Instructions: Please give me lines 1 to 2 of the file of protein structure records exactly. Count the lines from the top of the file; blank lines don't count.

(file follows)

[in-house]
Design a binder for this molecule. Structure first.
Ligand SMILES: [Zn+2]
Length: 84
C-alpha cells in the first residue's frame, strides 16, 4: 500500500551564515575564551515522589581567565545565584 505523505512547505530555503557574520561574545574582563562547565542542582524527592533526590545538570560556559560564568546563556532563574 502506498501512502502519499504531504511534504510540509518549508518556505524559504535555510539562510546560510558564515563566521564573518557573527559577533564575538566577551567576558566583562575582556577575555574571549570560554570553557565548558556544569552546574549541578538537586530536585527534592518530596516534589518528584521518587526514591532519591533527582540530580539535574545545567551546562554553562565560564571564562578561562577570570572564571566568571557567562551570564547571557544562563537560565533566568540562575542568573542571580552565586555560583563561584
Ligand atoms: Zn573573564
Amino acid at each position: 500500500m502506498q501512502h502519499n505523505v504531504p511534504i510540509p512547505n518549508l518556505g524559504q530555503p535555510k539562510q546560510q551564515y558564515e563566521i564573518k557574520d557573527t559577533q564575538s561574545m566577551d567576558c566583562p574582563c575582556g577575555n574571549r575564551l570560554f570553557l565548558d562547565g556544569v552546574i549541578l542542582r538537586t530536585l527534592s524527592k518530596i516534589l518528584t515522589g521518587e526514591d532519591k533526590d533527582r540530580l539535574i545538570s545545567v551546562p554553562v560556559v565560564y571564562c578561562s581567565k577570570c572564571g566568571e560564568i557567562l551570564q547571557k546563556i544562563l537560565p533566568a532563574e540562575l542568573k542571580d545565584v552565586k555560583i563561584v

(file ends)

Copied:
[in-house]
Design a binder for this molecule. Structure first.